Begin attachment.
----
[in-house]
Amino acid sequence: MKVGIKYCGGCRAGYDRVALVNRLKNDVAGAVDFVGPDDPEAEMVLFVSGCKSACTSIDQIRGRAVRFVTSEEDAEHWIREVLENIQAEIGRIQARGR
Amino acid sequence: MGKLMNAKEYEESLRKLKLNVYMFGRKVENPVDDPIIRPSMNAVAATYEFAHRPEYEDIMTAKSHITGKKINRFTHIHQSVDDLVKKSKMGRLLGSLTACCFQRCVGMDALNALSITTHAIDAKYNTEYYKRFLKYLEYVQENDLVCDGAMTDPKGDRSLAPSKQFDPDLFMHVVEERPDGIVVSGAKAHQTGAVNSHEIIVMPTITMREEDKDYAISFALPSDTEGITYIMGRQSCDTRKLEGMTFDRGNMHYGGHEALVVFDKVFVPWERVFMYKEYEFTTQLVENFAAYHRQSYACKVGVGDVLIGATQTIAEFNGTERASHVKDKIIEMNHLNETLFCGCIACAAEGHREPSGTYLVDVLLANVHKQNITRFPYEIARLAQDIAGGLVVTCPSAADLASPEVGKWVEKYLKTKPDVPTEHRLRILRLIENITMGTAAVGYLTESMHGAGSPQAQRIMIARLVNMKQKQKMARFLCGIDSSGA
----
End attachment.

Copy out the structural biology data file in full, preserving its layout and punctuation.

[in-house]
Amino acid sequence: MKVGIKYCGGCRAGYDRVALVNRLKNDVAGAVDFVGPDDPEAEMVLFVSGCKSACTSIDQIRGRAVRFVTSEEDAEHWIREVLENIQAEIGRIQARGR
Amino acid sequence: MGKLMNAKEYEESLRKLKLNVYMFGRKVENPVDDPIIRPSMNAVAATYEFAHRPEYEDIMTAKSHITGKKINRFTHIHQSVDDLVKKSKMGRLLGSLTACCFQRCVGMDALNALSITTHAIDAKYNTEYYKRFLKYLEYVQENDLVCDGAMTDPKGDRSLAPSKQFDPDLFMHVVEERPDGIVVSGAKAHQTGAVNSHEIIVMPTITMREEDKDYAISFALPSDTEGITYIMGRQSCDTRKLEGMTFDRGNMHYGGHEALVVFDKVFVPWERVFMYKEYEFTTQLVENFAAYHRQSYACKVGVGDVLIGATQTIAEFNGTERASHVKDKIIEMNHLNETLFCGCIACAAEGHREPSGTYLVDVLLANVHKQNITRFPYEIARLAQDIAGGLVVTCPSAADLASPEVGKWVEKYLKTKPDVPTEHRLRILRLIENITMGTAAVGYLTESMHGAGSPQAQRIMIARLVNMKQKQKMARFLCGIDSSGA